Being concerned with your wellbeing, this is my little two cents worth of advice - this is what I did: I would imagine in my mind the supervisor in the most rediculous appearance as possible. Example: Looking like a clown with a big red nose, a skinny bird on his head, three foot salami sandwich in his hand, pants on backwards, sandals with orange painted toe nails, and when he spoke he would have a sqeakey high studdering voice, etc. etc. etc. The more detail the better. Well now, whenever he would get under my skin I would pull up this image in my head and I immediately would feel free of his threatening attitude. I was able to calmly continue my work with a smile and a clearly positive attitude. I shared this little trick with a dear friend of mine who was also having a problem with the same supervisor and she said it completely solved her problem too. So goofy as it seems, perhaps you can give it a try too.

Re: "Difficult" supervisor [Re: Aunt B] #293501
06/28/08 07:34 AM
06/28/08 07:34 AM
Joined: Jun 2008
Posts: 79
Mid-Atlantic USA
Pustinik Offline
Member
Pustinik  Offline
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Joined: Jun 2008
Posts: 79
Mid-Atlantic USA
Our thoughts of each other may function as a silent prayer for good or bad. I remember reading of one who faced a difficult supervisor and always anticipated problems which did come to pass. Then she said she was going to meditate in positive prayer for this supervisor when going to work. She consciously brought up in her mind the thought that her relationship with him WOULD be healed with God's grace and that he would be nice to her. The first day she did that, sure enough the supervisor was cordial to her. It just got better. This might be a method to try. And God will answer in due time. May God bless you and your supervisor!!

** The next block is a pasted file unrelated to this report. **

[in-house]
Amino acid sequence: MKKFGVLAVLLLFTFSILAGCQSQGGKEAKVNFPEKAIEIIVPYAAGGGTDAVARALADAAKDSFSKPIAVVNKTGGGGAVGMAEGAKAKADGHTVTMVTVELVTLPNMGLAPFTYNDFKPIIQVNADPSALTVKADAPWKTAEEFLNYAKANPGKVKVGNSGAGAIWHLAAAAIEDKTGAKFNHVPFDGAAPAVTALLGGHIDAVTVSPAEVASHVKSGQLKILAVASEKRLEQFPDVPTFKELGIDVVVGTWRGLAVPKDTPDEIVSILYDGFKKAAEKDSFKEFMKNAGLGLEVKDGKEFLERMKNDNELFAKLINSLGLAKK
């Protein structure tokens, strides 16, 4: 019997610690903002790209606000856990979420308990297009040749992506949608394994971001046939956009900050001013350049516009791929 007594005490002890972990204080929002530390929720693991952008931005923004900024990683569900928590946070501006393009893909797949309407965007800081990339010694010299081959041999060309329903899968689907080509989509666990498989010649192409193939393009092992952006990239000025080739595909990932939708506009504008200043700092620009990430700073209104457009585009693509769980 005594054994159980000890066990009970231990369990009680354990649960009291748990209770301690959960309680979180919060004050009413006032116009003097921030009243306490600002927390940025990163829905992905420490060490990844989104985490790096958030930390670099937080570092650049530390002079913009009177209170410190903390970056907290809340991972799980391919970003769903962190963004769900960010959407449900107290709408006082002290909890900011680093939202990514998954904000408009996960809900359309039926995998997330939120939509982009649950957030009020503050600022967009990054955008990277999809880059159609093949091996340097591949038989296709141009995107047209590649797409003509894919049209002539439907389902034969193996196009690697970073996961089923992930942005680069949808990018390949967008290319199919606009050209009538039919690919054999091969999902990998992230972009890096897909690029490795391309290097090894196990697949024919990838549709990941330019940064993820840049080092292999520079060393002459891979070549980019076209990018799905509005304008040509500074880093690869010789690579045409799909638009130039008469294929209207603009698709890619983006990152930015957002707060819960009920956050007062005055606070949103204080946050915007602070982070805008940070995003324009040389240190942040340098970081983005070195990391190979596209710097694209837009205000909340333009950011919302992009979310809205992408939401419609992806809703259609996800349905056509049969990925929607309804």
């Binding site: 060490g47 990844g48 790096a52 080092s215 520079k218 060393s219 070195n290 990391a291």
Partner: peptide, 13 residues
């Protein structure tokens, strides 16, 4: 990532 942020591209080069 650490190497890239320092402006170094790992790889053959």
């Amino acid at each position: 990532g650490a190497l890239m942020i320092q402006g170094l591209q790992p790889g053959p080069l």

-Pustinik
-------------------------------
"Acquire a peaceful spirit, and thousands around you will be saved." –St. Serafim of Sarov

Re: "Difficult" supervisor [Re: Pustinik] #293579
06/28/08 09:02 PM
06/28/08 09:02 PM
Joined: Sep 2004
Posts: 473
Manhattan, NYC
Jean Francois Offline
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Jean Francois  Offline
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Joined: Sep 2004
Posts: 473
Manhattan, NYC
Welcome to the 'rest of your life' !

I have included the name of a book which is easy to read and should provide you with a good idea of what supervisors are looking for in their new hires. As a Christian, you will find it easy to relate to. I'm sure you can order it on Amazon.com :

169 ways to score points with your boss
By Alan R. Schonberg

Remeber, someday you to will be a supervisor and this advice will also help you evaluate your employees behaviour.

I.F.




Re: "Difficult" supervisor [Re: Jean Francois] #293643
06/29/08 02:51 PM
06/29/08 02:51 PM
Joined: Feb 2008
Posts: 510
Pgh, PA USA
M
Mykhayl Offline
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Mykhayl  Offline
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Joined: Feb 2008
Posts: 510
Pgh, PA USA
C/IABA ICYCY XPI/ICTY !

Is what’s good in the secular world good in the liturgical world?

Last edited by Mykhayl; 06/29/08 02:53 PM.